February 20, 1945
It has not been a good day. The President of the United States is sitting alone, swaddled in blankets on the deck of the heavy cruiser USS Quincy, a ship expensively retrofitted with an elevator and other conveniences, in order to accommodate the wheelchair bound Commander-in-Chief.(This was also the case for the USS Tuscaloosa, which FDR utilized on three occasions in 1939 and 1940, as well as a number of other vessels.)
He has been avoiding Sam Rosenman,
his speechwriter who joined the return cruise from Yalta in Algiers, specifically to assist with his anticipated address to Congress upon his return. (Some historians assert that FDR gave away Poland to Stalin at the Yalta conference. In fact this was already a done deal with a provisional puppet government already in place at Lublin.)
The speech is perhaps the most important Franklin Delano Roosevelt will ever give, a report on his recent negotiations with Churchill and Stalin and to lay out his plan for a peace organization that will shape the future of the world following the the defeat of Nazi Germany and the militaristic Japanese regime.
Yes, the brilliant phrase from his first inaugural “the only thing we have to fear but fear itself” instilled hope for downtrodden millions in the throes of the worst economic crisis America had ever endured.
Surely “a date which will live in infamy” was the masterful catchphrase that led his countrymen into four years of vicious and costly armed conflict.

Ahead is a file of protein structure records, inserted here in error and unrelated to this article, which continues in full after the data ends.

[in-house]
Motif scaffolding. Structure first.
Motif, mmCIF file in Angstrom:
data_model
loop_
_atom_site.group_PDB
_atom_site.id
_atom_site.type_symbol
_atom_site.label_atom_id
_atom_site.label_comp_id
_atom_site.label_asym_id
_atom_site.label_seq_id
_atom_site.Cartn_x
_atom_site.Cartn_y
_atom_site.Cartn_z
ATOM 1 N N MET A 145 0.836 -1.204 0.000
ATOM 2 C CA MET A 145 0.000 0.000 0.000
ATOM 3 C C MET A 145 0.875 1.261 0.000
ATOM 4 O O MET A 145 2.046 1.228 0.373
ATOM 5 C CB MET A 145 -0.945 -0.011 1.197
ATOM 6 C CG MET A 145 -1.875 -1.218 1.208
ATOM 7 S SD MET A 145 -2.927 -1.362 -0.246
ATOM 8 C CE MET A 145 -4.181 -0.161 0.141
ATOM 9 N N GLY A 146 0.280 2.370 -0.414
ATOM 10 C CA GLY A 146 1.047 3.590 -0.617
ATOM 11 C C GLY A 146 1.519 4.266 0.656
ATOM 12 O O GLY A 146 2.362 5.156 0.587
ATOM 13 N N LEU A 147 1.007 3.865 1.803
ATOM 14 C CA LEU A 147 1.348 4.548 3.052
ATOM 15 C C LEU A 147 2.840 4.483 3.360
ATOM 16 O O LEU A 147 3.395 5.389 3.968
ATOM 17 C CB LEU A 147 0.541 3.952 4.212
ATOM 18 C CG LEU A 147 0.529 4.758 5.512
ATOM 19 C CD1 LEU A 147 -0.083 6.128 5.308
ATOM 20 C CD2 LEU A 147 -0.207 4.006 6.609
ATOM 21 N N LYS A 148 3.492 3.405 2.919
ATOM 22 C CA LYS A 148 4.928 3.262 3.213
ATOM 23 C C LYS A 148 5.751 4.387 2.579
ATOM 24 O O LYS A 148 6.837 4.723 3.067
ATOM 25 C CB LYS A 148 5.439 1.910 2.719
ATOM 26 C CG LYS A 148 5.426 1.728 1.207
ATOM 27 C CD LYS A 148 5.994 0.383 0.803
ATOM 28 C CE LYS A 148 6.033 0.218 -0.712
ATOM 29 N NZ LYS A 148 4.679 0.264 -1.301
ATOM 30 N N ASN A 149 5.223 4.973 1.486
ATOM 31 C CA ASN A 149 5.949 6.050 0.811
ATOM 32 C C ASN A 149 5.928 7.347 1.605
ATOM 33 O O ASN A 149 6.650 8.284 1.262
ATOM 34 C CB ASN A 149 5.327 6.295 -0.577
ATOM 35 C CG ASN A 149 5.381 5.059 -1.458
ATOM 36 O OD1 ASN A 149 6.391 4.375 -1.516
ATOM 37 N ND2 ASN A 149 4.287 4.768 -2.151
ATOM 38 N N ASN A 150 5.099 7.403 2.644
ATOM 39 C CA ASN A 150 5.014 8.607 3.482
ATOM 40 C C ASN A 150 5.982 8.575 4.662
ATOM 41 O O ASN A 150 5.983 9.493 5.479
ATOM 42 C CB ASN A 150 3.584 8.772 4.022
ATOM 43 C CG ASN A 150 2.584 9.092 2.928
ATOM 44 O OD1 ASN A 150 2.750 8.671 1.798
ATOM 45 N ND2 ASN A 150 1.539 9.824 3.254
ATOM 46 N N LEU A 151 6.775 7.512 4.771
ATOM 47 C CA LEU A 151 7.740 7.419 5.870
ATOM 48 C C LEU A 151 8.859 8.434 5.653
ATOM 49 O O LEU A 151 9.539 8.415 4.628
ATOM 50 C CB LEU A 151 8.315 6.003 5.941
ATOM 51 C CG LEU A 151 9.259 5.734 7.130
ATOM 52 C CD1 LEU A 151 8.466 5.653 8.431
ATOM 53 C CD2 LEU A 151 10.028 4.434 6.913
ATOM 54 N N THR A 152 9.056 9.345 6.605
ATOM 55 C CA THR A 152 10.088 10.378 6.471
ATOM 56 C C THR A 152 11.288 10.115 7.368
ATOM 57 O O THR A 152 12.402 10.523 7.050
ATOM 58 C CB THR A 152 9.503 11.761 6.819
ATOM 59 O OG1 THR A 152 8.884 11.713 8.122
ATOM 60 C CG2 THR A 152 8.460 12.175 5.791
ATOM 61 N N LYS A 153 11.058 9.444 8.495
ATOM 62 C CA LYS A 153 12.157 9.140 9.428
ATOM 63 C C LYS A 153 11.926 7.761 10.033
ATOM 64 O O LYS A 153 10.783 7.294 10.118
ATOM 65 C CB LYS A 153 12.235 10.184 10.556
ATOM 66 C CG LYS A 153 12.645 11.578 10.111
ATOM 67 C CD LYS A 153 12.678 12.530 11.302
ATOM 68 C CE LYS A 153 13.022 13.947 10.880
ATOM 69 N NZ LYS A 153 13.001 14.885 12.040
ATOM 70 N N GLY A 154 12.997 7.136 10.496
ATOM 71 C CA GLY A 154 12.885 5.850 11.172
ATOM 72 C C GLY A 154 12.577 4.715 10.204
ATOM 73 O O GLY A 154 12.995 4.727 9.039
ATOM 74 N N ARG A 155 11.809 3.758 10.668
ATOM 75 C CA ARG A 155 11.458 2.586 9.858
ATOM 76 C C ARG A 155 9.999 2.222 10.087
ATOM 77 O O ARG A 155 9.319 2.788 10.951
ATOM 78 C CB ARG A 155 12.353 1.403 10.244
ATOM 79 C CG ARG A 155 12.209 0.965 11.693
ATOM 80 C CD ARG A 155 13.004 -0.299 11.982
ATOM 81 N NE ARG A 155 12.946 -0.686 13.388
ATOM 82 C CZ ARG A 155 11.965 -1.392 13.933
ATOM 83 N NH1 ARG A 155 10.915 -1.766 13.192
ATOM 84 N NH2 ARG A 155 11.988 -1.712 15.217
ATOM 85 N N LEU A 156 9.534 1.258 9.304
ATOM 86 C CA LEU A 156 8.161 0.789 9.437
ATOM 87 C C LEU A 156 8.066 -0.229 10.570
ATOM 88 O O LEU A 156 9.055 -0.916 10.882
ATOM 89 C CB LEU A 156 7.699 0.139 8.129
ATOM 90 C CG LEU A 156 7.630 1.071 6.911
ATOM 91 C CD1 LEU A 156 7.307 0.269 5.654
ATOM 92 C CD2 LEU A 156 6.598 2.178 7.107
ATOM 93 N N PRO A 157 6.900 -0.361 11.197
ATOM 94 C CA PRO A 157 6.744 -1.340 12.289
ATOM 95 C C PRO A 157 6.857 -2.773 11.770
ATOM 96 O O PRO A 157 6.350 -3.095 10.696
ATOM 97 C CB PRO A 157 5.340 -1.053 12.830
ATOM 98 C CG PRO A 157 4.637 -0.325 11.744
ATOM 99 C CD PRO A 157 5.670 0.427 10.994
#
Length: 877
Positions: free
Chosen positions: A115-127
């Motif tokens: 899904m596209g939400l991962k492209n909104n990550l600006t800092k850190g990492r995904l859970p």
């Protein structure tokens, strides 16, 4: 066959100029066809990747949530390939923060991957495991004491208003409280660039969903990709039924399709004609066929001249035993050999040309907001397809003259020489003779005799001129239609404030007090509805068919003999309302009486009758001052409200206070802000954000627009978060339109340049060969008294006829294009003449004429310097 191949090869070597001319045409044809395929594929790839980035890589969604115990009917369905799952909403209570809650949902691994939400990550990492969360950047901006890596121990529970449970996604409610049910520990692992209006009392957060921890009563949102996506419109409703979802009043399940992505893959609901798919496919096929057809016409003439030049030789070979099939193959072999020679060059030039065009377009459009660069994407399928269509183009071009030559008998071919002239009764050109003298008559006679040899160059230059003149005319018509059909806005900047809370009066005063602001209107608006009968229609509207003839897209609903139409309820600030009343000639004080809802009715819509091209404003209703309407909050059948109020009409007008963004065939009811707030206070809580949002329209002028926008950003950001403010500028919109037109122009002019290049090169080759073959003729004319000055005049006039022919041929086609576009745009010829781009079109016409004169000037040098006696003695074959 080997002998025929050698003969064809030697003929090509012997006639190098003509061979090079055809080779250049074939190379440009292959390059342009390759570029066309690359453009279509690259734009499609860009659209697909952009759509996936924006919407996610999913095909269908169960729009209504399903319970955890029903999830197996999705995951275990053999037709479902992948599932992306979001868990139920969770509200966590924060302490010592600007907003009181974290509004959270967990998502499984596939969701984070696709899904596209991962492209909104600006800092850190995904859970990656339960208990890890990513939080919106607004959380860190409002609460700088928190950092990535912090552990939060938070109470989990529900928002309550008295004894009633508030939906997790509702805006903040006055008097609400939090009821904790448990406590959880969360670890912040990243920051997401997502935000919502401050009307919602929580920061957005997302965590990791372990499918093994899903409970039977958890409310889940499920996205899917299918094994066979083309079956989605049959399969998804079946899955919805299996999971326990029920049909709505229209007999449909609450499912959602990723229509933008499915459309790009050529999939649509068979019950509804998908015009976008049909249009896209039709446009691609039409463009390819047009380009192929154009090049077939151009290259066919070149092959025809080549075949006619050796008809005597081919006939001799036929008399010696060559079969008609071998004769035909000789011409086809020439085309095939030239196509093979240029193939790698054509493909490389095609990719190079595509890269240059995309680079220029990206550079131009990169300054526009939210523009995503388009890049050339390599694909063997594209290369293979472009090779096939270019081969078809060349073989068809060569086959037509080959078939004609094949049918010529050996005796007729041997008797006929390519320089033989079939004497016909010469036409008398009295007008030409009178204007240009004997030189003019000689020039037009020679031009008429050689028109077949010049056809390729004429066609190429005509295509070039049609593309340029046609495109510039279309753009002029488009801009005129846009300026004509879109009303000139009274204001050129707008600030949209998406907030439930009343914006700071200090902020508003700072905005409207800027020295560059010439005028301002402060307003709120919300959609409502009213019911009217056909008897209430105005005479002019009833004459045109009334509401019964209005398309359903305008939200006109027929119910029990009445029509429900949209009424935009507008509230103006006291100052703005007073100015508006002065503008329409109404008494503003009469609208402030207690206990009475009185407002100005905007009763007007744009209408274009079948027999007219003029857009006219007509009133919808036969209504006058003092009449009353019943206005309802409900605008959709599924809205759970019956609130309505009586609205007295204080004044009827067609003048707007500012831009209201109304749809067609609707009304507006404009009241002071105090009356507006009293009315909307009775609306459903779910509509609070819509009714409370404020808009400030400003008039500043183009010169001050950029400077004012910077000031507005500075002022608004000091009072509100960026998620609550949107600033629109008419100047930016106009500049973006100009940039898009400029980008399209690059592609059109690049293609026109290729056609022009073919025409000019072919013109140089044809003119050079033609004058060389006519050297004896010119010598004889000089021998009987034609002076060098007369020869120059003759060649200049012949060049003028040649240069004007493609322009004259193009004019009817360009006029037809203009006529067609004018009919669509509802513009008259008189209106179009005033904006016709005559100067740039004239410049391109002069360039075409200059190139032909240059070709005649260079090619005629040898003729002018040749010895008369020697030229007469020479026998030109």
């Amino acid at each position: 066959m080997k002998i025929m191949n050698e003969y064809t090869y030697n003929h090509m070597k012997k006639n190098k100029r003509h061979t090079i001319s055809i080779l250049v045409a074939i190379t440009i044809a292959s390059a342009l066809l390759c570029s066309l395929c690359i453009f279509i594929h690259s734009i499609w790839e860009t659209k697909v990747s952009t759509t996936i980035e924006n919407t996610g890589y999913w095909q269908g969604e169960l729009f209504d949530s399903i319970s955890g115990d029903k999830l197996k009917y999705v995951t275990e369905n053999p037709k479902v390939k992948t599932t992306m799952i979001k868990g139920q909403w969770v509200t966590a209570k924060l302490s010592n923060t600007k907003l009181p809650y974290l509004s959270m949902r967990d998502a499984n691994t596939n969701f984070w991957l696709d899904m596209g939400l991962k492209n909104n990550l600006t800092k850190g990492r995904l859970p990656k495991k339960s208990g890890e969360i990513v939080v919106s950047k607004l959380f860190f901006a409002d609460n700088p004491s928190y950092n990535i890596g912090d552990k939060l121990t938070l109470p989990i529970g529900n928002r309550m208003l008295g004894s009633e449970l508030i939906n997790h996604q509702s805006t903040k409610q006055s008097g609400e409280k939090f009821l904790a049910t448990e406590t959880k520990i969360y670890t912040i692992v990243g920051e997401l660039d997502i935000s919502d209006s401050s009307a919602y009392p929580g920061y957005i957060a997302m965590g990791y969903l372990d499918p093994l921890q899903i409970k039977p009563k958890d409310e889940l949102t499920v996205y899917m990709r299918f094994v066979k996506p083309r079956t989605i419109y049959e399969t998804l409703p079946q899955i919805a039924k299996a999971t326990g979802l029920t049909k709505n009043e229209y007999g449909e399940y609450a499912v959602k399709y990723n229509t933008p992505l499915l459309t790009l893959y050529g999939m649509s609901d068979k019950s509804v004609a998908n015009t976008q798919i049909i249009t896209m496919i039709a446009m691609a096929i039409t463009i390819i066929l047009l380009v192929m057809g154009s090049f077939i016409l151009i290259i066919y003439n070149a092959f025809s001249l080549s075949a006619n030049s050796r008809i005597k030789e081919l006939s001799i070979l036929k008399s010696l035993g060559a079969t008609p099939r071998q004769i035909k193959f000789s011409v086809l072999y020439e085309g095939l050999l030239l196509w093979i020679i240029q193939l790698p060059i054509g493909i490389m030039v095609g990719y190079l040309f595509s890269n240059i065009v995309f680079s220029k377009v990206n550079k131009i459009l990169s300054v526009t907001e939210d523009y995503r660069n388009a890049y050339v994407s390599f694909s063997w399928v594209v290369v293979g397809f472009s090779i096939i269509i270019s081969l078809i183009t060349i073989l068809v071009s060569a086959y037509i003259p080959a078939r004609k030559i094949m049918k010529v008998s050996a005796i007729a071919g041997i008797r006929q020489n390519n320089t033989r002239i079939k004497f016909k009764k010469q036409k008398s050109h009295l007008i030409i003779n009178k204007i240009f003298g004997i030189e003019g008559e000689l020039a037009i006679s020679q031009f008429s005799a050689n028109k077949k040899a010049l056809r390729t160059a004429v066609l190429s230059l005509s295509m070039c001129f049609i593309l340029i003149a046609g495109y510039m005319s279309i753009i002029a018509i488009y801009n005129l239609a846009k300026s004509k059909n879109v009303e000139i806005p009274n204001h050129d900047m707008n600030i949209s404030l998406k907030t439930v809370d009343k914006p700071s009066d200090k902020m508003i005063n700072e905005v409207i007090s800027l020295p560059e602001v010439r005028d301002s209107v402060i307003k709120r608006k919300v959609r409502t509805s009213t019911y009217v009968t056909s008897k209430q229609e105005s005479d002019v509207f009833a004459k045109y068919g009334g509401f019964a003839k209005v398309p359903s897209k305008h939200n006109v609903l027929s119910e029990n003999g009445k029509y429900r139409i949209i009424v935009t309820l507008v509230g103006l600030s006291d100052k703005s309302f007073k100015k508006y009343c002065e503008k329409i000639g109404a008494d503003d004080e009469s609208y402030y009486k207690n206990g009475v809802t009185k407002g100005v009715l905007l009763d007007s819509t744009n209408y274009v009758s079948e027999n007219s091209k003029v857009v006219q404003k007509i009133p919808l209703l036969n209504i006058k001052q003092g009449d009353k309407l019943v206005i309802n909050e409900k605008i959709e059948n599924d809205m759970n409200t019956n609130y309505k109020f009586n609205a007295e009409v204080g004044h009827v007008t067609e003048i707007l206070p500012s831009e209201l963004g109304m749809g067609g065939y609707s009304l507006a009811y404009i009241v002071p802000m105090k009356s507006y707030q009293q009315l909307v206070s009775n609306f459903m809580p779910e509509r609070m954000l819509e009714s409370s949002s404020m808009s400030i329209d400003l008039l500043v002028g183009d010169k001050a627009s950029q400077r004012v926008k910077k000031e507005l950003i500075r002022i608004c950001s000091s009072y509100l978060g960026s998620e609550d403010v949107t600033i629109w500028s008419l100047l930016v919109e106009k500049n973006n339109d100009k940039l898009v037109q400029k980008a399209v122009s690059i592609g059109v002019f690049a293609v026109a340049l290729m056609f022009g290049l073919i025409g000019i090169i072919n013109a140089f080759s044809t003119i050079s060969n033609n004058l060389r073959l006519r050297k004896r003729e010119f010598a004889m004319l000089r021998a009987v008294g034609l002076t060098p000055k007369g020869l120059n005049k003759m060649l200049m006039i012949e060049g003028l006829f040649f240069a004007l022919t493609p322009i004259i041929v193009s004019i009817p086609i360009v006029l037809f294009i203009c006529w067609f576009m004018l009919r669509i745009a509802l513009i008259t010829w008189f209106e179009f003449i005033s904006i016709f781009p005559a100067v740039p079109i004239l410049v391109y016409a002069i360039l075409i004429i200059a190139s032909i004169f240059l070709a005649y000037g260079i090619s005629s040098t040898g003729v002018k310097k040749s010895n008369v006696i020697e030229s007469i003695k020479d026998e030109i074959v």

But this speech is very different. For nearly a quarter of a century Roosevelt fought health problems that would have relegated a lesser man to a life of solitude and retreat, overcoming crippling polio
and keeping the ravages of cancer and the long-standing knowledge of its inevitable and fatal return in check for a decade.
(In regard to FDR’s health, this is the premise of my book “FDR’s Deadly Secret”. It has been validated by a series of articles accepted and published in prominent peer-reviewed medical journals. While this remains perhaps the most closely protected Presidential cover-up, the massive body of circumstantial evidence is overwhelming.)
At the conference, the British prime minister, his physician, Lord Moran, and virtually everyone who knew him were aghast at the deterioration of the President’s health.
Time is rapidly running out, and he knows it! It is his last chance to establish a legacy, to succeed where his mentor Woodrow Wilson had failed a quarter of a century before and plant the seeds of a successful world peace organization he has championed, The United Nations.
(Roosevelt was Assistant Secretary of the Navy under Wilson and bore witness to Wilson’s failure to get the United States Congress to endorse his plan for the League of Nations.)
The cold Atlantic wind is strangely refreshing to the veteran seaman, a slap in the face to a mind that has increasingly frequent and severe lapses of function. He must focus as his body betrays him. It did not help that his daughter Anna informed him at breakfast that his Chief of Staff “Pa” Watson, had succumbed to a stroke suffered on board three days earlier. The devoted and amiable Watson was a year younger than Roosevelt and, like him, had been dealing with heart disease and prostate problems for years.